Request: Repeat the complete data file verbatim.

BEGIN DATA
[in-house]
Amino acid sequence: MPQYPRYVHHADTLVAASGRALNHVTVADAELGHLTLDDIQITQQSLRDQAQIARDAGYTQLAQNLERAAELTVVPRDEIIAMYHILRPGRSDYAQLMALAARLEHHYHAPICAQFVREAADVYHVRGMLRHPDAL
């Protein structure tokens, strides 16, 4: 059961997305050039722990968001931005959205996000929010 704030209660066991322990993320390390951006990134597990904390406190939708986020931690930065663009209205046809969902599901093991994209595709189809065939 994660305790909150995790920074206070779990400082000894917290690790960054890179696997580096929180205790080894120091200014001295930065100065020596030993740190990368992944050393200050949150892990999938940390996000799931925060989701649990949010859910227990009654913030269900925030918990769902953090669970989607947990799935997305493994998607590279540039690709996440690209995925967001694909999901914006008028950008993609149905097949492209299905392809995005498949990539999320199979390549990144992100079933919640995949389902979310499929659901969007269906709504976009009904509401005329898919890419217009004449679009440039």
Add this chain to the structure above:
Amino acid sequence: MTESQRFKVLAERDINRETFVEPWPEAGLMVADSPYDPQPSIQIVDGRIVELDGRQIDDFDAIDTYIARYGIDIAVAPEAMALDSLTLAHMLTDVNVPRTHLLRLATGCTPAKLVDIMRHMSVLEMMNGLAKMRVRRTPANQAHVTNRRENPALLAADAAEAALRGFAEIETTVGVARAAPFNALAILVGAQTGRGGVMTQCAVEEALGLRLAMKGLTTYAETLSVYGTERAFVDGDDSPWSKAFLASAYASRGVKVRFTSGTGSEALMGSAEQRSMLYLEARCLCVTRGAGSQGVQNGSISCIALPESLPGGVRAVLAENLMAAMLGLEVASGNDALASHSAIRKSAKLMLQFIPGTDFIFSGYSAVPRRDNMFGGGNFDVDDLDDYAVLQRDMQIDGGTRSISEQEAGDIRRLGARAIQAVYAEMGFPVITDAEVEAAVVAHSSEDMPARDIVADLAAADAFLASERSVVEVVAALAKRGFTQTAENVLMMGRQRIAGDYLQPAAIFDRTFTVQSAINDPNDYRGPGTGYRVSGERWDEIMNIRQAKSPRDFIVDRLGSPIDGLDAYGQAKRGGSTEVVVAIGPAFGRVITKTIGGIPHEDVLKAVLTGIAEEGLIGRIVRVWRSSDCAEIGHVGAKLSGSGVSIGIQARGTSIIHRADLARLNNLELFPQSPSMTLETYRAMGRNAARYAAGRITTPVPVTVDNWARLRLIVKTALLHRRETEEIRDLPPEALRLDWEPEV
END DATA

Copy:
[in-house]
Amino acid sequence: MPQYPRYVHHADTLVAASGRALNHVTVADAELGHLTLDDIQITQQSLRDQAQIARDAGYTQLAQNLERAAELTVVPRDEIIAMYHILRPGRSDYAQLMALAARLEHHYHAPICAQFVREAADVYHVRGMLRHPDAL
């Protein structure tokens, strides 16, 4: 059961997305050039722990968001931005959205996000929010 704030209660066991322990993320390390951006990134597990904390406190939708986020931690930065663009209205046809969902599901093991994209595709189809065939 994660305790909150995790920074206070779990400082000894917290690790960054890179696997580096929180205790080894120091200014001295930065100065020596030993740190990368992944050393200050949150892990999938940390996000799931925060989701649990949010859910227990009654913030269900925030918990769902953090669970989607947990799935997305493994998607590279540039690709996440690209995925967001694909999901914006008028950008993609149905097949492209299905392809995005498949990539999320199979390549990144992100079933919640995949389902979310499929659901969007269906709504976009009904509401005329898919890419217009004449679009440039």
Add this chain to the structure above:
Amino acid sequence: MTESQRFKVLAERDINRETFVEPWPEAGLMVADSPYDPQPSIQIVDGRIVELDGRQIDDFDAIDTYIARYGIDIAVAPEAMALDSLTLAHMLTDVNVPRTHLLRLATGCTPAKLVDIMRHMSVLEMMNGLAKMRVRRTPANQAHVTNRRENPALLAADAAEAALRGFAEIETTVGVARAAPFNALAILVGAQTGRGGVMTQCAVEEALGLRLAMKGLTTYAETLSVYGTERAFVDGDDSPWSKAFLASAYASRGVKVRFTSGTGSEALMGSAEQRSMLYLEARCLCVTRGAGSQGVQNGSISCIALPESLPGGVRAVLAENLMAAMLGLEVASGNDALASHSAIRKSAKLMLQFIPGTDFIFSGYSAVPRRDNMFGGGNFDVDDLDDYAVLQRDMQIDGGTRSISEQEAGDIRRLGARAIQAVYAEMGFPVITDAEVEAAVVAHSSEDMPARDIVADLAAADAFLASERSVVEVVAALAKRGFTQTAENVLMMGRQRIAGDYLQPAAIFDRTFTVQSAINDPNDYRGPGTGYRVSGERWDEIMNIRQAKSPRDFIVDRLGSPIDGLDAYGQAKRGGSTEVVVAIGPAFGRVITKTIGGIPHEDVLKAVLTGIAEEGLIGRIVRVWRSSDCAEIGHVGAKLSGSGVSIGIQARGTSIIHRADLARLNNLELFPQSPSMTLETYRAMGRNAARYAAGRITTPVPVTVDNWARLRLIVKTALLHRRETEEIRDLPPEALRLDWEPEV